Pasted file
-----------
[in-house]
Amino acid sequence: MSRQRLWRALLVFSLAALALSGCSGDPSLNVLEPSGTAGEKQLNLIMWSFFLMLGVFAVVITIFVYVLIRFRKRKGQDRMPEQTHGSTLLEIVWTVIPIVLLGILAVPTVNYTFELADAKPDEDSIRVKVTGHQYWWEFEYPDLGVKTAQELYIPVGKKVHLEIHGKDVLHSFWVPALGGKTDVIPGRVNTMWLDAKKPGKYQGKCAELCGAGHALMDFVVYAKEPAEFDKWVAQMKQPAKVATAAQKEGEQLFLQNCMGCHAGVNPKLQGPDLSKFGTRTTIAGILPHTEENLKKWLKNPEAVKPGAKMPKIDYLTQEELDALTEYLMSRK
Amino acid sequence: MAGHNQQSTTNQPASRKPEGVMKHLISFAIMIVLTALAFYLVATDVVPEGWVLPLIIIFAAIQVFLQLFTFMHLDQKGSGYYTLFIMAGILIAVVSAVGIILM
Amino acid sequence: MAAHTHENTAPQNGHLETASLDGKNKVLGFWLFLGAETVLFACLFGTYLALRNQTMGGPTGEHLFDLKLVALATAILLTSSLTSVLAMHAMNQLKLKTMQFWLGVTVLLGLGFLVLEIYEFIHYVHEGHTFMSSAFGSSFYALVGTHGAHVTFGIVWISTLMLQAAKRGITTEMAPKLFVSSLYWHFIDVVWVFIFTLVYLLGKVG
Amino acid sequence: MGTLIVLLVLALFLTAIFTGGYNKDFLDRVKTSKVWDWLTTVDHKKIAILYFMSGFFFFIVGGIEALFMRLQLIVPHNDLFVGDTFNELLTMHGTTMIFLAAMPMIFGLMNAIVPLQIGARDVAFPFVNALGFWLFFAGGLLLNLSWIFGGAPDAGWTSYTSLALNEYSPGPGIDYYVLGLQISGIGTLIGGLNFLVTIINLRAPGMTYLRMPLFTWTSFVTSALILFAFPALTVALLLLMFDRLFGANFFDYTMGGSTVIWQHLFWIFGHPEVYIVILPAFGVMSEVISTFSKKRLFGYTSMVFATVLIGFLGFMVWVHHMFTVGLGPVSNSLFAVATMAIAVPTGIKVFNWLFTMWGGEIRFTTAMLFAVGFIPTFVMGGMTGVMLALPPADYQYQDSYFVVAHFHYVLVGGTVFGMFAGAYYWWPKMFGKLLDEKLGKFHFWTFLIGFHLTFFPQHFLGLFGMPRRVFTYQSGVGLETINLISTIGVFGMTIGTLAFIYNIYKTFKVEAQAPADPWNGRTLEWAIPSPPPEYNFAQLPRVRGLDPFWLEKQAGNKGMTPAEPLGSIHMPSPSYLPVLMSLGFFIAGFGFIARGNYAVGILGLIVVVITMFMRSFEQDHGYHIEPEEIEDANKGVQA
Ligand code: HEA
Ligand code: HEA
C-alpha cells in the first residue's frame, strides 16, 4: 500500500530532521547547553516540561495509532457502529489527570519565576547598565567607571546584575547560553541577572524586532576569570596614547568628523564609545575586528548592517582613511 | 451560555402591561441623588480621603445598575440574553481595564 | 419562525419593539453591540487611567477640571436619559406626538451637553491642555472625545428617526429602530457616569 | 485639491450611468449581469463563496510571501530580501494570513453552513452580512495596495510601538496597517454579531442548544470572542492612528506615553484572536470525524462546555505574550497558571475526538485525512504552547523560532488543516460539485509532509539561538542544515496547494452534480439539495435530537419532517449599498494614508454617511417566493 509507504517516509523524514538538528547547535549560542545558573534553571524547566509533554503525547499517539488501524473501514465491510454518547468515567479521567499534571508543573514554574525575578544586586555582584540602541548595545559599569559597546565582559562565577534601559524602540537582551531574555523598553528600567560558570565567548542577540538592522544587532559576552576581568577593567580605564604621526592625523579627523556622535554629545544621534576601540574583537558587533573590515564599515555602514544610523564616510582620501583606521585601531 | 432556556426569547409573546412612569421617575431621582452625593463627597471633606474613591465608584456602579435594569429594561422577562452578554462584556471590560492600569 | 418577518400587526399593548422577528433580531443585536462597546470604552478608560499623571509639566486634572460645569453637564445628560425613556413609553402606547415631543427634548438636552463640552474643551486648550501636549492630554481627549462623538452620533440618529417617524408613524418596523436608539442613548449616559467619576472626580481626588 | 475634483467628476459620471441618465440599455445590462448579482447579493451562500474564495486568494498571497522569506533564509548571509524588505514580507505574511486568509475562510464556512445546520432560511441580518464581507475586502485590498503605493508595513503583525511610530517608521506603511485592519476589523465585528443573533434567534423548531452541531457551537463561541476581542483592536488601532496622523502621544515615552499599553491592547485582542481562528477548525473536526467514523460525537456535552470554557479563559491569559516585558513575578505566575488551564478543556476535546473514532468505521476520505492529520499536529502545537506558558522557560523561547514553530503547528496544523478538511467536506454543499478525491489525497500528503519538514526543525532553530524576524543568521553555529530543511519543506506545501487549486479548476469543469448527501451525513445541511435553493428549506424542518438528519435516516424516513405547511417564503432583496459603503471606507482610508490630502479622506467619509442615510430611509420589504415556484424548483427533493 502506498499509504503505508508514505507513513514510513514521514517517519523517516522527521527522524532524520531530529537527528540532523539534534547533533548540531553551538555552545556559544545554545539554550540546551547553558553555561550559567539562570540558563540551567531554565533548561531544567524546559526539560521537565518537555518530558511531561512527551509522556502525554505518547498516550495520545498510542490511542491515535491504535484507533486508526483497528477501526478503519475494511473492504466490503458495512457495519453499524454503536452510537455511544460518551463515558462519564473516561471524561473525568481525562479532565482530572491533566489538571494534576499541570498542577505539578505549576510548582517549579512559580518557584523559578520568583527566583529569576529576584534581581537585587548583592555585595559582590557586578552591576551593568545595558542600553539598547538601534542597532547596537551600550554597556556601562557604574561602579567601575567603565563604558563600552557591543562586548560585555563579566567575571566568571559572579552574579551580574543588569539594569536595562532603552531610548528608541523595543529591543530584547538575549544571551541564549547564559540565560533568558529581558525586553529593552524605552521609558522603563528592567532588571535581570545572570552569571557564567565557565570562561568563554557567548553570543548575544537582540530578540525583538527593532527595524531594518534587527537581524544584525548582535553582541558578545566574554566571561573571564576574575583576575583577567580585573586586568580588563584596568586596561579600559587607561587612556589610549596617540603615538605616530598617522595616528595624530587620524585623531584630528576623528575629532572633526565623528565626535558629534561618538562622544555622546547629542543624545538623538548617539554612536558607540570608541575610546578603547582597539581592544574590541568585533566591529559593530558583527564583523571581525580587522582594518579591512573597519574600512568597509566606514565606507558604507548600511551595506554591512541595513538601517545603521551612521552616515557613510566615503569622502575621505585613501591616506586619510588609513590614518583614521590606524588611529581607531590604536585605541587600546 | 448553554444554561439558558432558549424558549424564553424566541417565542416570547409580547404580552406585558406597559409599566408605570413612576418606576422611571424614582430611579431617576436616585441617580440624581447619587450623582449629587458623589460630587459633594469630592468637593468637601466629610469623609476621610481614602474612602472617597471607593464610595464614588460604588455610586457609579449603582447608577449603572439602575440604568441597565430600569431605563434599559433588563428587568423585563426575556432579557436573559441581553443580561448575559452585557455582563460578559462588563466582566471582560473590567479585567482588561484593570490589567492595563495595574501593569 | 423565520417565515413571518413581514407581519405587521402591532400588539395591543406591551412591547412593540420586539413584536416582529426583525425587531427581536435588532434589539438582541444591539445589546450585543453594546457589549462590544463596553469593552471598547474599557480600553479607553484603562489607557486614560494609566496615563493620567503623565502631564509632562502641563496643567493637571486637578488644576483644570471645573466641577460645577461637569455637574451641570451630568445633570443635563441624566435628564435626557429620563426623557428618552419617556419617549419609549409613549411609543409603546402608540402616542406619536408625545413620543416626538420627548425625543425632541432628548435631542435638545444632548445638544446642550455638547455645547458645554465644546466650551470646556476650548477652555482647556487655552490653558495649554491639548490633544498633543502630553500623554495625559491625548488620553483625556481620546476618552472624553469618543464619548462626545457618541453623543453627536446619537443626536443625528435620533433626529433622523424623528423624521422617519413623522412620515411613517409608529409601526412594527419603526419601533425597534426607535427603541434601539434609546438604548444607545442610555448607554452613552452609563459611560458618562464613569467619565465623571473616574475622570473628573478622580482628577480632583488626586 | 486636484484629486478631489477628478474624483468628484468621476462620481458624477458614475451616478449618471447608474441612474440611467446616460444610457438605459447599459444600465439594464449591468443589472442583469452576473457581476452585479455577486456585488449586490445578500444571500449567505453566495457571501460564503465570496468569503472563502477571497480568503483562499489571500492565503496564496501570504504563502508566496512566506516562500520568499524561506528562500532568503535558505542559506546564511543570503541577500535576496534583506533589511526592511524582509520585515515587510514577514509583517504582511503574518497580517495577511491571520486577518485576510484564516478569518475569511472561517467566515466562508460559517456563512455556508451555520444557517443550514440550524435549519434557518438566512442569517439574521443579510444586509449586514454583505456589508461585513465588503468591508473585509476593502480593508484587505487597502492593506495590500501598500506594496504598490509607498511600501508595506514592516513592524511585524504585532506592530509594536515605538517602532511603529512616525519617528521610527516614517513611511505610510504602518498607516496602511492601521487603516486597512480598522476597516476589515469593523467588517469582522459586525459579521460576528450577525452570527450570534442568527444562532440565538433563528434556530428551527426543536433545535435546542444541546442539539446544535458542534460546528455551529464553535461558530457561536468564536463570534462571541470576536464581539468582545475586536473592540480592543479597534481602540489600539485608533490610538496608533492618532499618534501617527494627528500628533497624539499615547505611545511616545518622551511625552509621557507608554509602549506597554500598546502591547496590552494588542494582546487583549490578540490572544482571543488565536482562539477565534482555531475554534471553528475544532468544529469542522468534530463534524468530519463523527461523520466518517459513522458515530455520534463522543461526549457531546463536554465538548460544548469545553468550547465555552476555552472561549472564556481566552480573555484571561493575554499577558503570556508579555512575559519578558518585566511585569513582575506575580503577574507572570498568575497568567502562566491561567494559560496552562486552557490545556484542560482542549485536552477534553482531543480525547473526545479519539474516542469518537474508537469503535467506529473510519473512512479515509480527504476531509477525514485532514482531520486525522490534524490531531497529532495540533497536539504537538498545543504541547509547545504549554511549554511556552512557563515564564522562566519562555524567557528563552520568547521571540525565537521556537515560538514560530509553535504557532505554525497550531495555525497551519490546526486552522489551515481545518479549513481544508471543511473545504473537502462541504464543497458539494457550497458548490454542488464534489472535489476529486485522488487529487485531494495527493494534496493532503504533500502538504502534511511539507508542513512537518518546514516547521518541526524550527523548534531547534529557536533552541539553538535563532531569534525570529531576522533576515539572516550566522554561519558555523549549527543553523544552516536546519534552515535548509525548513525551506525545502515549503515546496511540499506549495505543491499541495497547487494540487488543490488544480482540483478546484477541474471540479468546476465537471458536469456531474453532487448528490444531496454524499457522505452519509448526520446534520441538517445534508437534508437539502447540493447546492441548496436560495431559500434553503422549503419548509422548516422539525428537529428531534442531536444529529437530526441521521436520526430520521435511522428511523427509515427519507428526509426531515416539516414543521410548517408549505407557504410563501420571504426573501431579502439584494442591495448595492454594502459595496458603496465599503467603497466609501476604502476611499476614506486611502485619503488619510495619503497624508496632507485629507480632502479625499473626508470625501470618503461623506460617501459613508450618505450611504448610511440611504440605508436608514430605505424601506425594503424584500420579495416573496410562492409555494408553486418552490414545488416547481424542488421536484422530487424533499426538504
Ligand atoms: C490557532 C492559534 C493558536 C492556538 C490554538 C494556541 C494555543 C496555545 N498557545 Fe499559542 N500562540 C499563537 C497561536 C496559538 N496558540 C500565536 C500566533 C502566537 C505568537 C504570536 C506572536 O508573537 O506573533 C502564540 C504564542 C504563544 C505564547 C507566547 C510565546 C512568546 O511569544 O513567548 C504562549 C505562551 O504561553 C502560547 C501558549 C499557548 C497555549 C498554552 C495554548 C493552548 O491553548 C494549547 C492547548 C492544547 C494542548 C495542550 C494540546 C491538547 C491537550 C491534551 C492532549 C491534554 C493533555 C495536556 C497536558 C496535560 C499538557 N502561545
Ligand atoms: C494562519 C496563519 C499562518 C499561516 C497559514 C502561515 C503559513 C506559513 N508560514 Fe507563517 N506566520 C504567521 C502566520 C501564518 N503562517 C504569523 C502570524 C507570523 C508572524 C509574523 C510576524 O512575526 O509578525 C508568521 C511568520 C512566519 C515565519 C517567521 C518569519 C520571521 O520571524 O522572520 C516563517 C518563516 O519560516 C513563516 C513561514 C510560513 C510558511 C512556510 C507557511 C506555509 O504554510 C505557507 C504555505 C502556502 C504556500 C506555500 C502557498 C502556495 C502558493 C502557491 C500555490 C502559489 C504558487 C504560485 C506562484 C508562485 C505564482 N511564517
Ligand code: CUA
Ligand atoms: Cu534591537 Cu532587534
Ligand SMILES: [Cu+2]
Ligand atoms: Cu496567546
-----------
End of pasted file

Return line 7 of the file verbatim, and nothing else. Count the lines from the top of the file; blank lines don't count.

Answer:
Ligand code: HEA